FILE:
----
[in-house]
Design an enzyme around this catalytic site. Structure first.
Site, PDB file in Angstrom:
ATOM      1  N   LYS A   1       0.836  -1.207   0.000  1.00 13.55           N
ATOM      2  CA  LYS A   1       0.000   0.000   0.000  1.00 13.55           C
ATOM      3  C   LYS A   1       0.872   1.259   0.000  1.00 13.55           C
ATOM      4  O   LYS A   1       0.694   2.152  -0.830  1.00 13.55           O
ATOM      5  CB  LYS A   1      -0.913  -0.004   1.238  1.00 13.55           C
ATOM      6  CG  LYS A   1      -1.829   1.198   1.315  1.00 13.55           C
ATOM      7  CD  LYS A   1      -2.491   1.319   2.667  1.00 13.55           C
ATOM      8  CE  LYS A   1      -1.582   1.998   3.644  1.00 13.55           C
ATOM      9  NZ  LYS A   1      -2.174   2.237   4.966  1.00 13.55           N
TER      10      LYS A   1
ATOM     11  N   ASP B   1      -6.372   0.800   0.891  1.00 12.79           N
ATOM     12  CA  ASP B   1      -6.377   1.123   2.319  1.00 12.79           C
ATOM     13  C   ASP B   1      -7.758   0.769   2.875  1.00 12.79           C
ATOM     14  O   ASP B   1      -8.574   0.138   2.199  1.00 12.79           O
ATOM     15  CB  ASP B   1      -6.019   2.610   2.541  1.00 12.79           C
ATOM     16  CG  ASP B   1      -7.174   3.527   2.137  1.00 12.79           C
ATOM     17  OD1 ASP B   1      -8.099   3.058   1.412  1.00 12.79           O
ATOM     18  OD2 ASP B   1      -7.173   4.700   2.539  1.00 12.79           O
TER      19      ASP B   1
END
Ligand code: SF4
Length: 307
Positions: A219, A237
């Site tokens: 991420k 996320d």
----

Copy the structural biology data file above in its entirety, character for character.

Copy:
[in-house]
Design an enzyme around this catalytic site. Structure first.
Site, PDB file in Angstrom:
ATOM      1  N   LYS A   1       0.836  -1.207   0.000  1.00 13.55           N
ATOM      2  CA  LYS A   1       0.000   0.000   0.000  1.00 13.55           C
ATOM      3  C   LYS A   1       0.872   1.259   0.000  1.00 13.55           C
ATOM      4  O   LYS A   1       0.694   2.152  -0.830  1.00 13.55           O
ATOM      5  CB  LYS A   1      -0.913  -0.004   1.238  1.00 13.55           C
ATOM      6  CG  LYS A   1      -1.829   1.198   1.315  1.00 13.55           C
ATOM      7  CD  LYS A   1      -2.491   1.319   2.667  1.00 13.55           C
ATOM      8  CE  LYS A   1      -1.582   1.998   3.644  1.00 13.55           C
ATOM      9  NZ  LYS A   1      -2.174   2.237   4.966  1.00 13.55           N
TER      10      LYS A   1
ATOM     11  N   ASP B   1      -6.372   0.800   0.891  1.00 12.79           N
ATOM     12  CA  ASP B   1      -6.377   1.123   2.319  1.00 12.79           C
ATOM     13  C   ASP B   1      -7.758   0.769   2.875  1.00 12.79           C
ATOM     14  O   ASP B   1      -8.574   0.138   2.199  1.00 12.79           O
ATOM     15  CB  ASP B   1      -6.019   2.610   2.541  1.00 12.79           C
ATOM     16  CG  ASP B   1      -7.174   3.527   2.137  1.00 12.79           C
ATOM     17  OD1 ASP B   1      -8.099   3.058   1.412  1.00 12.79           O
ATOM     18  OD2 ASP B   1      -7.173   4.700   2.539  1.00 12.79           O
TER      19      ASP B   1
END
Ligand code: SF4
Length: 307
Positions: A219, A237
């Site tokens: 991420k 996320d």